It is critical to establish these drivers using customer input. That’s the whole point of the exercise. Socialize them within your company and use these as a foundation for your Ease of Doing Business improvements.


3. Develop a Baseline Perception


At the core of any good change initiative is a solid baseline. This holds true for assessing Ease of Doing Business. It must measure both internal and customer perceptions. We're using a diagnostic tool that measures perceptions and performance in eight broad categories of our Customer Performance Framework. This diagnostic is completed by specifically targeted line of business leaders, front-line employees, and key customers. The results are rolled up into an overall Ease of Doing Business Score.



Front-line employees often have a very good sense of where customer frustration is the highest. We often find alignment in perceptions between these employees and customers—and then find gaps in perceptions between executives and those same customers. If carefully handled, bringing clarity to these different points of view can be a powerful motivator for change.


The overall Ease of Doing Business score should align with each of the critical drivers to allow for granular measurement of improvement.


4. Identify Ease of Doing Business Hotspots


Customer effort originated in the call center, because customers were 4x more likely to leave those interactions in a disloyal state.


That is no longer enough. Ease of Doing Business has to be measured across the customer journey.


The root causes of increased effort can be found well upstream of the call center. A major insurance company experienced a massive increase in call volume within days of mailing monthly statements. Frustrations were extremely high. This surge of calls was caused by confusing billing statements accompanied by generic and irrelevant inserts.


Creating an Ease of Doing Business Hotspot Map can be very useful in pinpointing customer effort hotspots like these and prioritizing solutions. Evaluate each customer touchpoint and customer-impacting process through the lens of Ease of Doing Business:


  • Perceived ease: how hard do customers perceive the job to be done?

  • Actual ease: how much actual time is spent performing the job?

  • Competitive ease: how hard do customers perceive it is to do the same job with competitors?

  • Returned value: How much value does touchpoint improvement yield?


Even though a job might not take long, it can be perceived to be high effort. Filling out a supplier form in the vendor’s portal might take little time. But if it is the fifth time your customer has had to re-enter information it becomes high-effort and a source of friction. This friction is additive across many other interactions.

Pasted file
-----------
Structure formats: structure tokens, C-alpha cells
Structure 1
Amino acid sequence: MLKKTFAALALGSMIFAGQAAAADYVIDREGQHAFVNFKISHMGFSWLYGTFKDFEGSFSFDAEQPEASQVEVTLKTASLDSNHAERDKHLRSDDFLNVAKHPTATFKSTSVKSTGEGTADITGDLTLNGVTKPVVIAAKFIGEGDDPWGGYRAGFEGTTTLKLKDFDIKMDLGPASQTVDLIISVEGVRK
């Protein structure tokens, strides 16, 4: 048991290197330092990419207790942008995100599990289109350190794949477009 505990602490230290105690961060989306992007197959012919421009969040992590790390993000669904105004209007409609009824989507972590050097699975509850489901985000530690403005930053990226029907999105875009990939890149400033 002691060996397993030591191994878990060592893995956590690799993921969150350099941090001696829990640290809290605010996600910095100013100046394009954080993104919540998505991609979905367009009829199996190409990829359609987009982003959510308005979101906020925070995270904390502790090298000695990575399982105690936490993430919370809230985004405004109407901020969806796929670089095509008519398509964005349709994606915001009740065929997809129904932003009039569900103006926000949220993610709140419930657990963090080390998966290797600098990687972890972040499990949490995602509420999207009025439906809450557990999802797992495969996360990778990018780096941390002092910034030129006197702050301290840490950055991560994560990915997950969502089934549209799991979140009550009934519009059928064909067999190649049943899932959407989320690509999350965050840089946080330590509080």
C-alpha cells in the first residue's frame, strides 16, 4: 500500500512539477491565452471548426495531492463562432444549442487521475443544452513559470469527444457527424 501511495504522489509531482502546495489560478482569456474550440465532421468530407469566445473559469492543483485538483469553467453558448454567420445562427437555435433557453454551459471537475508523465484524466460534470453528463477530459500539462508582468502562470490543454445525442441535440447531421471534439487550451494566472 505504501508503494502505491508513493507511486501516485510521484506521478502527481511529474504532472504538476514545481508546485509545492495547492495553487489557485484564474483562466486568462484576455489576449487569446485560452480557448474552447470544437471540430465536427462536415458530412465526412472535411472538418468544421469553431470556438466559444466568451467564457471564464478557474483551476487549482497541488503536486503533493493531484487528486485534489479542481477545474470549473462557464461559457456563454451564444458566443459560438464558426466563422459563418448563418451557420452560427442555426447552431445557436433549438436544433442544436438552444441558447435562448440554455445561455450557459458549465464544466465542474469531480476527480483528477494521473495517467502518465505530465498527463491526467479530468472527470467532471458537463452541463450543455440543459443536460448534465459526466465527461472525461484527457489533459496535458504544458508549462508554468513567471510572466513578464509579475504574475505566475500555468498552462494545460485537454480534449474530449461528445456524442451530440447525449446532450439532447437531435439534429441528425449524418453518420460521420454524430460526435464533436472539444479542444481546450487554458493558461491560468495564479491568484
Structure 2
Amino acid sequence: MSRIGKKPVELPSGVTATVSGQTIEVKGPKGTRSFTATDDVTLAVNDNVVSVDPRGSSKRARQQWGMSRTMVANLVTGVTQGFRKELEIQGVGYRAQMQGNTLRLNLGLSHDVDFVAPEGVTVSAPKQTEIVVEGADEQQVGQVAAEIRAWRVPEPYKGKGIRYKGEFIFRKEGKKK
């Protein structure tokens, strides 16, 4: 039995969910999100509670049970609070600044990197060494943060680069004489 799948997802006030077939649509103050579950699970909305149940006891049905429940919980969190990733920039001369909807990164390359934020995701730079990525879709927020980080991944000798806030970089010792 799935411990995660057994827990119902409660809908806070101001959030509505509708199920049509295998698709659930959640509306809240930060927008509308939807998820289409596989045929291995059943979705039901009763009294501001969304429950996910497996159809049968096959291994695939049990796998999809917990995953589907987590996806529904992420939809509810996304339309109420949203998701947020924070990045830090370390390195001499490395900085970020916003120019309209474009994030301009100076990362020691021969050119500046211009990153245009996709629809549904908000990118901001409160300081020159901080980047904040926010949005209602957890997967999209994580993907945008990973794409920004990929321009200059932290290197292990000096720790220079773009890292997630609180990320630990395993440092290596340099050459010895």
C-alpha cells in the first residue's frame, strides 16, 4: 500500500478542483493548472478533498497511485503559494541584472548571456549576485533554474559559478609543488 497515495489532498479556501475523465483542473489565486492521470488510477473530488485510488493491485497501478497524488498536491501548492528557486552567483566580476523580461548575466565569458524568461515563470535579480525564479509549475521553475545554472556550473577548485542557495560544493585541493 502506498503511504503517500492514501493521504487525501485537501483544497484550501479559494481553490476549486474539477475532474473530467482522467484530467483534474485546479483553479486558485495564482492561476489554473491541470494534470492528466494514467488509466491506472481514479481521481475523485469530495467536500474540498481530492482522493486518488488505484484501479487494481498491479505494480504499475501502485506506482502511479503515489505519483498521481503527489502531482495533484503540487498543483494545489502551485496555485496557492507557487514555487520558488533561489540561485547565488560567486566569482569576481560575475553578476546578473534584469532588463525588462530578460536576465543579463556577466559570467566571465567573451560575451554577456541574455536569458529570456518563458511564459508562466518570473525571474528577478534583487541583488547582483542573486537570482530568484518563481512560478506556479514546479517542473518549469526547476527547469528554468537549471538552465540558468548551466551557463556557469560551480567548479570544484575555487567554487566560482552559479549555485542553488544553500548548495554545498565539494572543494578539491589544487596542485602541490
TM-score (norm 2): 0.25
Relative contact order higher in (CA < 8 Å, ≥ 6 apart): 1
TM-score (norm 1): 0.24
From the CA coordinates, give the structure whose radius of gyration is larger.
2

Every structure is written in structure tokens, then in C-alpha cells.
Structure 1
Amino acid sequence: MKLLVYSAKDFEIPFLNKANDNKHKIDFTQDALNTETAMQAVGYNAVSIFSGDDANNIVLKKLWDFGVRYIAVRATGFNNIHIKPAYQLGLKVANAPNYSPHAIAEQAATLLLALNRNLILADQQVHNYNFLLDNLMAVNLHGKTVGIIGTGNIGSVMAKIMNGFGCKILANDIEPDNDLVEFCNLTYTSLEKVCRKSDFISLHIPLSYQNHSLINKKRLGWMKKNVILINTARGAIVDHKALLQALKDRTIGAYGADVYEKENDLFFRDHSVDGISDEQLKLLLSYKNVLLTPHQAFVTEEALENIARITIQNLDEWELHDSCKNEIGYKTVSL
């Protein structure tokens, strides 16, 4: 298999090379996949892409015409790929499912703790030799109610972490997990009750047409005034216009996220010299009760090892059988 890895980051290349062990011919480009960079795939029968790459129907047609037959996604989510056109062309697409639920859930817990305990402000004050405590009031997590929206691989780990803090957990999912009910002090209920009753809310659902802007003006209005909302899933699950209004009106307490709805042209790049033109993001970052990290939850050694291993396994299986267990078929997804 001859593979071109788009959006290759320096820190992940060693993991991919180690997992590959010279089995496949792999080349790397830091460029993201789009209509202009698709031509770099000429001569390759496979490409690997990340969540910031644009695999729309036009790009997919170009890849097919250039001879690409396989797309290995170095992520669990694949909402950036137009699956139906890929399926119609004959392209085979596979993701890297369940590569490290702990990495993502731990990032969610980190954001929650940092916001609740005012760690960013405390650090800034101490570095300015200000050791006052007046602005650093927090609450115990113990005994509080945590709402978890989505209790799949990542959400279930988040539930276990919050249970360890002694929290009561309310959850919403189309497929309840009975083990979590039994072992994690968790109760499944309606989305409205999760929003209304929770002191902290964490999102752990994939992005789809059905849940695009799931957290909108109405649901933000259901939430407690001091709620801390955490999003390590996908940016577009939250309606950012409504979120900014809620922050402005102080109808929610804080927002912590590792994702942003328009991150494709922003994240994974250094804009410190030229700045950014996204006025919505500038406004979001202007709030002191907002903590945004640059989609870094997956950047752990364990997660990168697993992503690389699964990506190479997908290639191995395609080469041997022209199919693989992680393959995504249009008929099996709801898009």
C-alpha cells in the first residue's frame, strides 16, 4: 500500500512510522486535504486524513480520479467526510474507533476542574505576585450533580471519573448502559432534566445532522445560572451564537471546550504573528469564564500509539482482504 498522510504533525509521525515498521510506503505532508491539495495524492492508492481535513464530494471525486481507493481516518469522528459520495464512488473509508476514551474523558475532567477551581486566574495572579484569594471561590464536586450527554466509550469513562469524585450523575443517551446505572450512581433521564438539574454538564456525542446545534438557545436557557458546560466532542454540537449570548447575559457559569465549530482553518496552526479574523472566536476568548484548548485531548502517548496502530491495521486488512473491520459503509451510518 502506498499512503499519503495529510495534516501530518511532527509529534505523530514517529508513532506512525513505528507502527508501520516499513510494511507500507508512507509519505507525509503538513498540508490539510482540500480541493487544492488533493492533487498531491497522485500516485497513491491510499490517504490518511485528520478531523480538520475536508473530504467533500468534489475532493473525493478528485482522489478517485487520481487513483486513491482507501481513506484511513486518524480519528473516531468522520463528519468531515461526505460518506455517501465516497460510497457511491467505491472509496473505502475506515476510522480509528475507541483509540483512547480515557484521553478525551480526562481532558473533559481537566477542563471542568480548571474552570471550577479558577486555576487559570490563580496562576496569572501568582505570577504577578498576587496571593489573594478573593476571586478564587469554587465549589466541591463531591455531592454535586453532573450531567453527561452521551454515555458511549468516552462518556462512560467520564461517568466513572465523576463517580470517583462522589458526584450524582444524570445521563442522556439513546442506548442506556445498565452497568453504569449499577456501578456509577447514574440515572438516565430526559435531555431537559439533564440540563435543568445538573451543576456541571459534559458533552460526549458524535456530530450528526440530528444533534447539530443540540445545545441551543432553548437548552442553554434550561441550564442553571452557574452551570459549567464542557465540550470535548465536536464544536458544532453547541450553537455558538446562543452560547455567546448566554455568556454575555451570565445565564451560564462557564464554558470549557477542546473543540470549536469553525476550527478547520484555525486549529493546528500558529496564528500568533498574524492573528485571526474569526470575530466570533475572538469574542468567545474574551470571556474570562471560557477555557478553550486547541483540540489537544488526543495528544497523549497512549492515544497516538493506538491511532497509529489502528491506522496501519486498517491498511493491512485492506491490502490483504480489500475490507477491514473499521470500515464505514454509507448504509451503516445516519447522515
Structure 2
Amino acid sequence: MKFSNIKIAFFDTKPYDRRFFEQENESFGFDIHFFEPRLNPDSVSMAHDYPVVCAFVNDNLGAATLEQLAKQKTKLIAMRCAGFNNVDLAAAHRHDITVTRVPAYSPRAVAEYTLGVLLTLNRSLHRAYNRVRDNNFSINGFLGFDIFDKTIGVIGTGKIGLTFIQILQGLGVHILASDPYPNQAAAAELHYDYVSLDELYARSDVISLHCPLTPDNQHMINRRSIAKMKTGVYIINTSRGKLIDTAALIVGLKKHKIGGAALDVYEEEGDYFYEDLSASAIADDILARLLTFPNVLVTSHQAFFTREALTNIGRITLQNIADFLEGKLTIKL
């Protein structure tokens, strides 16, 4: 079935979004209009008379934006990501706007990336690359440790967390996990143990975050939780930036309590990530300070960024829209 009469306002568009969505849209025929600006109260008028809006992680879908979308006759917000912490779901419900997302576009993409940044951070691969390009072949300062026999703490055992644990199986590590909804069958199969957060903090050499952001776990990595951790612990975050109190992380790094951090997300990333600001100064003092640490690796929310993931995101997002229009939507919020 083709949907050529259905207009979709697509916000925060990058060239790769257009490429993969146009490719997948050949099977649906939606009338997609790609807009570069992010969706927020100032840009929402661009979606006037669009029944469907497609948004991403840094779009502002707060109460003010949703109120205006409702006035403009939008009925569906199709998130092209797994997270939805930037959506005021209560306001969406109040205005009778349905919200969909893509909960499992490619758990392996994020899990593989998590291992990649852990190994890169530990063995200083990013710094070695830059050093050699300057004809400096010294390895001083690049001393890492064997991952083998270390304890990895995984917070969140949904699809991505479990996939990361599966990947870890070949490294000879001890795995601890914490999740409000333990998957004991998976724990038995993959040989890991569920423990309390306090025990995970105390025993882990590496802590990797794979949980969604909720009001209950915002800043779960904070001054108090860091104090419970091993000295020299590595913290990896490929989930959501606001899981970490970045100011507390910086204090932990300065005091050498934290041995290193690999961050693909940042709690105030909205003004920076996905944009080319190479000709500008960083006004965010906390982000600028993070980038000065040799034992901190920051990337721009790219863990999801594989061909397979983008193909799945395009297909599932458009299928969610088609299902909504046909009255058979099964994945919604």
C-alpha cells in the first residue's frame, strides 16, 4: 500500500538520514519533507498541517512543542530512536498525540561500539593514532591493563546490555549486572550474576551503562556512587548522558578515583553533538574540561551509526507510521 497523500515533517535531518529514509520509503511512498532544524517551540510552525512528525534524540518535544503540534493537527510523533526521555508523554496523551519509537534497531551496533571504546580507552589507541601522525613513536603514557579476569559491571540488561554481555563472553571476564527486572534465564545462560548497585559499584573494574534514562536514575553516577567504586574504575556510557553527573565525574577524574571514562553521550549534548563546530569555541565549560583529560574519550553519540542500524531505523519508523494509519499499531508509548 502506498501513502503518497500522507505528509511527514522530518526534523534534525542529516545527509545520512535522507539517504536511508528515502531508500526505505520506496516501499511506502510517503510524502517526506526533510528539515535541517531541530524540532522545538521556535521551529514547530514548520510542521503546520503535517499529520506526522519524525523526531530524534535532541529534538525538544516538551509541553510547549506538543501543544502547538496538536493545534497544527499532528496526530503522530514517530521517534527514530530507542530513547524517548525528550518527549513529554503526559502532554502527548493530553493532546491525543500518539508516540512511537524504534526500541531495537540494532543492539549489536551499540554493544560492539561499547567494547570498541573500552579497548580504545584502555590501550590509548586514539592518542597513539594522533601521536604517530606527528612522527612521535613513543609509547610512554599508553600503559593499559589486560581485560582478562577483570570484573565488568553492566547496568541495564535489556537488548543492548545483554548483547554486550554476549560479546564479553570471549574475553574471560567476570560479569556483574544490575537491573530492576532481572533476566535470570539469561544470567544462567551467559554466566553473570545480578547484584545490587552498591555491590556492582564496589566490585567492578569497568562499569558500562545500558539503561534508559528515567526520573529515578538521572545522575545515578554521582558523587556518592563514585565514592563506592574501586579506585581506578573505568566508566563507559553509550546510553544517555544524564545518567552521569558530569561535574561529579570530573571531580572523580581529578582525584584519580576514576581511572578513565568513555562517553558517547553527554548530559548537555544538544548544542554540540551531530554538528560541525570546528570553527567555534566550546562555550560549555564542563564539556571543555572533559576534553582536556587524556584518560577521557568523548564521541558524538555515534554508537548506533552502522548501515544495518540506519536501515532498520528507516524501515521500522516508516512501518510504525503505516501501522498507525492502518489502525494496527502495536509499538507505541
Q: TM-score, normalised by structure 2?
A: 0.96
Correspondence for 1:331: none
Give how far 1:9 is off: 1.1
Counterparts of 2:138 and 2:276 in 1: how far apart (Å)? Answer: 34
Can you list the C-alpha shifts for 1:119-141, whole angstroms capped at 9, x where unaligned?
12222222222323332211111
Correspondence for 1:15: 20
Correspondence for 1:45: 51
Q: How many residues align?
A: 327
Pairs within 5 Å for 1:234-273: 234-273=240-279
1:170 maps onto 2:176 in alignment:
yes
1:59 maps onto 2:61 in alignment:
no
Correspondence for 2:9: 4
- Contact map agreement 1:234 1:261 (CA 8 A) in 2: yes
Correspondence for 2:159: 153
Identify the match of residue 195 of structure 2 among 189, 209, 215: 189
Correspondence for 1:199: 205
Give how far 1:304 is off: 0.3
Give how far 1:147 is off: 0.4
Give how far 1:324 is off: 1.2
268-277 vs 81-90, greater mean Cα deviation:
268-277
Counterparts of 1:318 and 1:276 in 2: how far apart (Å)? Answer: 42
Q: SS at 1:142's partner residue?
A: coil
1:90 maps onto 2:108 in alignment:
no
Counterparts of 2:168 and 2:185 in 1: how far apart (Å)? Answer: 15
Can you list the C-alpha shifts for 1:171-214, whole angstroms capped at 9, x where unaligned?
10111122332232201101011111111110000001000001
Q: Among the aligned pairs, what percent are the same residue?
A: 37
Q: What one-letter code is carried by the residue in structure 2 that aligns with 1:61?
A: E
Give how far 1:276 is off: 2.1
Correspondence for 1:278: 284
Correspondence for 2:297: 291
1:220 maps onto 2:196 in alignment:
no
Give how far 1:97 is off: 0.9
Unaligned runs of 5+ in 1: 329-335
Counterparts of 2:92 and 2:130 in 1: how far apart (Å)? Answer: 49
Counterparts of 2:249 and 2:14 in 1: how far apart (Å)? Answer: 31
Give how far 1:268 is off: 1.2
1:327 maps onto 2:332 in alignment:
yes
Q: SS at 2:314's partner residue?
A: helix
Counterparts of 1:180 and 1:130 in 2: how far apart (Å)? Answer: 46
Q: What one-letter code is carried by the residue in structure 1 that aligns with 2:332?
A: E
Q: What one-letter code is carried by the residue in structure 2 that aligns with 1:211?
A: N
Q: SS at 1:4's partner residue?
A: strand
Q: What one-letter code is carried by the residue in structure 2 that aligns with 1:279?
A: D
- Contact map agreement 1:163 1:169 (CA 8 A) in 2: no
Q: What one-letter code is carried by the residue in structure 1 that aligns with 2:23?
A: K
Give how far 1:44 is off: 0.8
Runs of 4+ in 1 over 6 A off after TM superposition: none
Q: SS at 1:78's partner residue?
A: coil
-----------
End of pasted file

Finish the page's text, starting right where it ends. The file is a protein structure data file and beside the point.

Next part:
5. Establish a Customer Effort Tag Team


Customer effort is typically a result of decisions and processes far upstream from where customers say, “You’re hard to do business with!” A single executive rarely has complete span of control over all the drivers of Ease of Doing Business. Therefore, successful customer executives create a cross-functional team. They ensure the team has the explicit permission to examine all processes across the organization.


While at Oracle, we orchestrated cross-functional teams to address the top 10 sources of customer friction. Our own team served as consultants to passionate employees from business units that owned the sources of friction. Members were trained and emboldened to make change. Group membership changed based on the initiatives underway.


The Tag Team provides leverage as they work within their respective organizations to address the biggest obstacles to Ease of Doing Business. As well, they help their organizations adhere to standard best practices along the drivers of Ease of Doing Business.


Summary


Ease of Doing Business is one of the most important (and overlooked) components of business success. If you’re hard to do business with, customers don’t care that you have made point-in-time or transactional CX improvements.


Armed with the metrics, critical drivers, a baseline customer perception, and Ease of Doing Business hotspots, you and your team have all you need to establish priorities and create an action plan to engage employees in resolving real issues. We just wrote about how critical it is to create a business case to demonstrate and then measure value—even for something as seemingly obvious as Ease of Doing Business.


If you Want Help


If you’d like assistance in developing these and additional capabilities, we’ve created an Ease of Doing Business Accelerator. You can attend a public accelerator and benefit from cross-pollination with other non-competing companies or you can bring it in-house to work exclusively on your own strategies.


If you’d like to learn more or join us at the accelerator, please select a convenient time for a brief call.


Jeb Dasteel, Dasteel Consulting (and former CCO, Oracle)

Curtis Bingham, Founder & CEO, Chief Customer Officer Council

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©2019 by Dasteel Consulting.